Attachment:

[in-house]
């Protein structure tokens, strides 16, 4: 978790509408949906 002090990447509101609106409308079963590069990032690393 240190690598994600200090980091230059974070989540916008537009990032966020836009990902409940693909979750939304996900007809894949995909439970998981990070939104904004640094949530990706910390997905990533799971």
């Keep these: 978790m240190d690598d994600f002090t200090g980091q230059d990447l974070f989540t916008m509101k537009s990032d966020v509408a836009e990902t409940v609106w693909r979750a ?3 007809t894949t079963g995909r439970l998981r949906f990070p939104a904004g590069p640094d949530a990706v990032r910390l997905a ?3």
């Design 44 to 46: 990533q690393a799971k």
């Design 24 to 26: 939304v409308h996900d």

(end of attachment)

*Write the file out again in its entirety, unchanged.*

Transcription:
[in-house]
């Protein structure tokens, strides 16, 4: 978790509408949906 002090990447509101609106409308079963590069990032690393 240190690598994600200090980091230059974070989540916008537009990032966020836009990902409940693909979750939304996900007809894949995909439970998981990070939104904004640094949530990706910390997905990533799971």
């Keep these: 978790m240190d690598d994600f002090t200090g980091q230059d990447l974070f989540t916008m509101k537009s990032d966020v509408a836009e990902t409940v609106w693909r979750a ?3 007809t894949t079963g995909r439970l998981r949906f990070p939104a904004g590069p640094d949530a990706v990032r910390l997905a ?3």
């Design 44 to 46: 990533q690393a799971k």
């Design 24 to 26: 939304v409308h996900d």